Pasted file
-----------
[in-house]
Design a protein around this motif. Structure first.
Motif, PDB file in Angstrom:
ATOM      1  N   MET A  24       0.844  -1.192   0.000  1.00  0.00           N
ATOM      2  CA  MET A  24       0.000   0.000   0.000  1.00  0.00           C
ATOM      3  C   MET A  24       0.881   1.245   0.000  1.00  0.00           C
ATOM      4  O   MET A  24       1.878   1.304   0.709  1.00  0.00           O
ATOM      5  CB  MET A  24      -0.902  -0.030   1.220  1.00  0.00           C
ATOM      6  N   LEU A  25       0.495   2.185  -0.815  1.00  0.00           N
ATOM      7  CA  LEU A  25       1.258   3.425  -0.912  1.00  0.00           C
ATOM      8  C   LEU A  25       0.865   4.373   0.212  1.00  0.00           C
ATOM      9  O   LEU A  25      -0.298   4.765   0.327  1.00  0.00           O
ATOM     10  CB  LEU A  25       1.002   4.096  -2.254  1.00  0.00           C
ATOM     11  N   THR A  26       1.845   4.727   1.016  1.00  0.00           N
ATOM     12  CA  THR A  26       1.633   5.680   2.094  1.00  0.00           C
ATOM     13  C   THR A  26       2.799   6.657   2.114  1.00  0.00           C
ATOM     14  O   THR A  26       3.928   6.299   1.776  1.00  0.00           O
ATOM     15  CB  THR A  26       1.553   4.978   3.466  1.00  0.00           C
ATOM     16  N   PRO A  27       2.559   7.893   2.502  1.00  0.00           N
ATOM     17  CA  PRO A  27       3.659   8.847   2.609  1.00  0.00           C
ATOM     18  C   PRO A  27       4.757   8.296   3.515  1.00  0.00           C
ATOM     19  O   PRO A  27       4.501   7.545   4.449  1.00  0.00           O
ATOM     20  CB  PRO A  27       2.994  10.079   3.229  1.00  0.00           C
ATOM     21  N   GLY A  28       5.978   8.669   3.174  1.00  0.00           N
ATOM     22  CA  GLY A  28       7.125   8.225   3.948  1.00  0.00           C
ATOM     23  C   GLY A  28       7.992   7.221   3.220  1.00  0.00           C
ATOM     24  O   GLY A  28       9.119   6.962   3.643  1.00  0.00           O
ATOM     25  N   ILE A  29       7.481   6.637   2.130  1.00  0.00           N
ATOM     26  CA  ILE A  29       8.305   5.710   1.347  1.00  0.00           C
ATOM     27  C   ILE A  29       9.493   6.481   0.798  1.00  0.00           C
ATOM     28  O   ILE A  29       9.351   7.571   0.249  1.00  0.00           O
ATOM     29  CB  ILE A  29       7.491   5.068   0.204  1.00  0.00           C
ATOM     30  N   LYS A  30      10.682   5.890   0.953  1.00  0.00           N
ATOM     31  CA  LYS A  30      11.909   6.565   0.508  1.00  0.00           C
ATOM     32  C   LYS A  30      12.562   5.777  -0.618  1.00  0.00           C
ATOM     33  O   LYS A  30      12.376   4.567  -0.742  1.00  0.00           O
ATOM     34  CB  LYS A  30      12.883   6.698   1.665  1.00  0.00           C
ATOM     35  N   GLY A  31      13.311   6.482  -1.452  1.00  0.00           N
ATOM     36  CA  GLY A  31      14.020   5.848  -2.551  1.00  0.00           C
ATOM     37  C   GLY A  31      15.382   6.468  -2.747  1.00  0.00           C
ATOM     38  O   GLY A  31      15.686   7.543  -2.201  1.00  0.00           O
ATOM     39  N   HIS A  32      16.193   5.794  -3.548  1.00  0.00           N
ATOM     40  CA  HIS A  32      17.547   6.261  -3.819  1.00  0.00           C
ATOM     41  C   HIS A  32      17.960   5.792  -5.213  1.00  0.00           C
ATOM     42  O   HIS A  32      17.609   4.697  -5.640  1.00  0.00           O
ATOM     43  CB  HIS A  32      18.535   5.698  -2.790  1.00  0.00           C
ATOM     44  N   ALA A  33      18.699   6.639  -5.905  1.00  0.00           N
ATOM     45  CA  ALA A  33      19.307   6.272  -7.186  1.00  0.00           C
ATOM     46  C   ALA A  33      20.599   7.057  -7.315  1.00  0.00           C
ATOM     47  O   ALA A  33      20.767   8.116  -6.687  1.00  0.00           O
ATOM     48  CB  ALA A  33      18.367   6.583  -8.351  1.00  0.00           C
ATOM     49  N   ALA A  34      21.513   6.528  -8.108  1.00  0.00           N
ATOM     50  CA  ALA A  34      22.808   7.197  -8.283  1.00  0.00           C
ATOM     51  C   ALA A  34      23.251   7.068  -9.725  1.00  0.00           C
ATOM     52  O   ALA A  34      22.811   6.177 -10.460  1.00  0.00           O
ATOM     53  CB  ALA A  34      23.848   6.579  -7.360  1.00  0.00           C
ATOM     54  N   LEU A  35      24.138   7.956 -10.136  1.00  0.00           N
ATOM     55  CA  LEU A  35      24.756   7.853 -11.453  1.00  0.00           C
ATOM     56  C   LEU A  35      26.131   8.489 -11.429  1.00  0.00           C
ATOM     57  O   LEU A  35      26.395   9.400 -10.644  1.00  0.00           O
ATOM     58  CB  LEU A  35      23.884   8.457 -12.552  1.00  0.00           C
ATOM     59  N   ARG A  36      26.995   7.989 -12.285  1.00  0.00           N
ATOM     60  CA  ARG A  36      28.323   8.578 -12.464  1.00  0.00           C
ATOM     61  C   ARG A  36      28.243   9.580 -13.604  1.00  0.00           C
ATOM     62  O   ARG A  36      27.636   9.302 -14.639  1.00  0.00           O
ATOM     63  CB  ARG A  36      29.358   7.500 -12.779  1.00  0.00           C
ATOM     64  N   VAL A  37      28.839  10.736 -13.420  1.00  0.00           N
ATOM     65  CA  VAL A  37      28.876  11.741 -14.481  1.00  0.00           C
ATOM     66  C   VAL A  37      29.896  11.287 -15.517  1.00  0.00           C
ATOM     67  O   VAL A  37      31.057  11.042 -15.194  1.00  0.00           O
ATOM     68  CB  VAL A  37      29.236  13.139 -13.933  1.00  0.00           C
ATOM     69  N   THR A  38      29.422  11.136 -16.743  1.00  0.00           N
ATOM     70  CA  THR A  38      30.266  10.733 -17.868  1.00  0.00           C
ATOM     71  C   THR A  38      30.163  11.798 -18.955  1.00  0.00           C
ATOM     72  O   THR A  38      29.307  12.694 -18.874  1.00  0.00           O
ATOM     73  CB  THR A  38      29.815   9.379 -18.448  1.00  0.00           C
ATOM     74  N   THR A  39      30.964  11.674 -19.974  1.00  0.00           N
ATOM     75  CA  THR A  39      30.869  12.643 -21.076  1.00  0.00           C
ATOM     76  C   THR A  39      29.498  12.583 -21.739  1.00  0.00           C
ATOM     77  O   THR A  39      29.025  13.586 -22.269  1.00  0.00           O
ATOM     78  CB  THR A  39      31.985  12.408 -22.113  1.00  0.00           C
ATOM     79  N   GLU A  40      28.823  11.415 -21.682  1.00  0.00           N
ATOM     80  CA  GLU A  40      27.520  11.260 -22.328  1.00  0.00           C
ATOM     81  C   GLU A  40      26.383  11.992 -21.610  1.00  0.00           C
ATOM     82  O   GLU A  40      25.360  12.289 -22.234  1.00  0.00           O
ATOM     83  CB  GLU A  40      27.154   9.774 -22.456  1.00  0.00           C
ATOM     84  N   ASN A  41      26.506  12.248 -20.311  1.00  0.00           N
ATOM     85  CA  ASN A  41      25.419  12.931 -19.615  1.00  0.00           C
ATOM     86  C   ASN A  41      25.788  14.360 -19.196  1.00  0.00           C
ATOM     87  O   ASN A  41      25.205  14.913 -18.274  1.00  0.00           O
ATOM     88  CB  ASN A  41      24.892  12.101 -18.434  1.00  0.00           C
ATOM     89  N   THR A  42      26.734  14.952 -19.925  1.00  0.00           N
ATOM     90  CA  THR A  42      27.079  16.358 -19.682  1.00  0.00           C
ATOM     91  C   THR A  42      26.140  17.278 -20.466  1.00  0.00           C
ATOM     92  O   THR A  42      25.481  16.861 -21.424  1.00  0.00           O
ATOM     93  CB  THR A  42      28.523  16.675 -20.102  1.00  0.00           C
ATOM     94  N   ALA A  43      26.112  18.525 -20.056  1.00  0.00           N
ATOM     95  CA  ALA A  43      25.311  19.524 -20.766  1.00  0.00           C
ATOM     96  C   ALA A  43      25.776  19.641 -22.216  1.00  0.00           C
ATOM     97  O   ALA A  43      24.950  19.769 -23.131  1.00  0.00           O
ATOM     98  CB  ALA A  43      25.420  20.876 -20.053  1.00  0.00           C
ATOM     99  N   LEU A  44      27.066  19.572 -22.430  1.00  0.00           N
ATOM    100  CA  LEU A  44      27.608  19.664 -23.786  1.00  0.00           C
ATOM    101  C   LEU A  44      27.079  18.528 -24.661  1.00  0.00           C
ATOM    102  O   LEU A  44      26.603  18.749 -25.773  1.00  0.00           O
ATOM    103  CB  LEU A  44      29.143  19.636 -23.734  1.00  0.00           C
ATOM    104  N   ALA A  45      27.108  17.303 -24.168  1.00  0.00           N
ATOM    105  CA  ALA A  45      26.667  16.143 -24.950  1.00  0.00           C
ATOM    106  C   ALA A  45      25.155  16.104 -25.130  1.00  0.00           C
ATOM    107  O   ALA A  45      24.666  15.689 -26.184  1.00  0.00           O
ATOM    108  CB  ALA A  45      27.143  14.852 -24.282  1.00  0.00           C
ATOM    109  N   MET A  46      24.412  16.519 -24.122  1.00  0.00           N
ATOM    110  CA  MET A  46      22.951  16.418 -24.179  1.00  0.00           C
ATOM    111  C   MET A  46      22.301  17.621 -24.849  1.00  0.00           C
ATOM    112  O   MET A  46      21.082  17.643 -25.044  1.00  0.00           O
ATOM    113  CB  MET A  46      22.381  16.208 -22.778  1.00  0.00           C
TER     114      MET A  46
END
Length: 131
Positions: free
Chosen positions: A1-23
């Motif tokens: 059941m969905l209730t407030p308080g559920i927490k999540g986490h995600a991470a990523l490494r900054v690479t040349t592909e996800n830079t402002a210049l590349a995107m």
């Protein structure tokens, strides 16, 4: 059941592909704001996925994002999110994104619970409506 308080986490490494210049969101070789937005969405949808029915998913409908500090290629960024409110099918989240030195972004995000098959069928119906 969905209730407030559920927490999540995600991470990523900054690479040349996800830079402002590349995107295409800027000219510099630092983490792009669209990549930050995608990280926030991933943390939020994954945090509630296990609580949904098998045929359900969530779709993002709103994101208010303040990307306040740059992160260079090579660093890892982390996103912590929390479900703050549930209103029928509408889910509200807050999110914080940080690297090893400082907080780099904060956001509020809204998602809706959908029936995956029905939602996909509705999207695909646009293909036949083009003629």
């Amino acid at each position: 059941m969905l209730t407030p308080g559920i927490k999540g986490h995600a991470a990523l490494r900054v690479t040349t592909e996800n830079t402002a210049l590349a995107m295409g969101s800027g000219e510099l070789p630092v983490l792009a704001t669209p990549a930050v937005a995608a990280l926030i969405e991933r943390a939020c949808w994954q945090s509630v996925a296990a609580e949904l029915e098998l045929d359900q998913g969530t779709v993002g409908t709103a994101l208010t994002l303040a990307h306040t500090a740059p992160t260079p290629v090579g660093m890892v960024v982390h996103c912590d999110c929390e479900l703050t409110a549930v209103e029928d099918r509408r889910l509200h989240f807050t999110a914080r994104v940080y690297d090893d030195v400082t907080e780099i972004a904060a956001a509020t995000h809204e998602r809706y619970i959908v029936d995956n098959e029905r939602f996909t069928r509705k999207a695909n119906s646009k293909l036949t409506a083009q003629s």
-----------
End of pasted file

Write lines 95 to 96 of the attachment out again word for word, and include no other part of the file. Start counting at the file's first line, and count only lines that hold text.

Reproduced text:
ATOM     92  O   THR A  42      25.481  16.861 -21.424  1.00  0.00           O
ATOM     93  CB  THR A  42      28.523  16.675 -20.102  1.00  0.00           C